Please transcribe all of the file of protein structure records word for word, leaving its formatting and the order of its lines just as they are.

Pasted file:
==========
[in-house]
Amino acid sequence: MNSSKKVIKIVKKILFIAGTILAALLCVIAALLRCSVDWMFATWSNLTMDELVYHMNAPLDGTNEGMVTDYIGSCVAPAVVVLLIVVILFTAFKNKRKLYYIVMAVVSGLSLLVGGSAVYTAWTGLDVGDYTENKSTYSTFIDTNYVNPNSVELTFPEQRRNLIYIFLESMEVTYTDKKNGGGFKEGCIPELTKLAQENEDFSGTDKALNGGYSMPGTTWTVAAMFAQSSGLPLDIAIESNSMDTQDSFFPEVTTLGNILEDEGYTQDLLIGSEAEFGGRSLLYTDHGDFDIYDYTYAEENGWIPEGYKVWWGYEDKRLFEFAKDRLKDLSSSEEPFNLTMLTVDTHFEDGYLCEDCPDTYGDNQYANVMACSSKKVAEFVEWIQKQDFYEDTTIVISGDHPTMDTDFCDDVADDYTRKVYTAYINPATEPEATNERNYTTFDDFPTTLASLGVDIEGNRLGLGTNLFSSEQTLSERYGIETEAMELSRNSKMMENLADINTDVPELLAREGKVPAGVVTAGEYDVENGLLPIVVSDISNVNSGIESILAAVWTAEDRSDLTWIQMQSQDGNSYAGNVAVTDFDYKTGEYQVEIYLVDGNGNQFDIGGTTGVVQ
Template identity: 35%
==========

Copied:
[in-house]
Amino acid sequence: MNSSKKVIKIVKKILFIAGTILAALLCVIAALLRCSVDWMFATWSNLTMDELVYHMNAPLDGTNEGMVTDYIGSCVAPAVVVLLIVVILFTAFKNKRKLYYIVMAVVSGLSLLVGGSAVYTAWTGLDVGDYTENKSTYSTFIDTNYVNPNSVELTFPEQRRNLIYIFLESMEVTYTDKKNGGGFKEGCIPELTKLAQENEDFSGTDKALNGGYSMPGTTWTVAAMFAQSSGLPLDIAIESNSMDTQDSFFPEVTTLGNILEDEGYTQDLLIGSEAEFGGRSLLYTDHGDFDIYDYTYAEENGWIPEGYKVWWGYEDKRLFEFAKDRLKDLSSSEEPFNLTMLTVDTHFEDGYLCEDCPDTYGDNQYANVMACSSKKVAEFVEWIQKQDFYEDTTIVISGDHPTMDTDFCDDVADDYTRKVYTAYINPATEPEATNERNYTTFDDFPTTLASLGVDIEGNRLGLGTNLFSSEQTLSERYGIETEAMELSRNSKMMENLADINTDVPELLAREGKVPAGVVTAGEYDVENGLLPIVVSDISNVNSGIESILAAVWTAEDRSDLTWIQMQSQDGNSYAGNVAVTDFDYKTGEYQVEIYLVDGNGNQFDIGGTTGVVQ
Template identity: 35%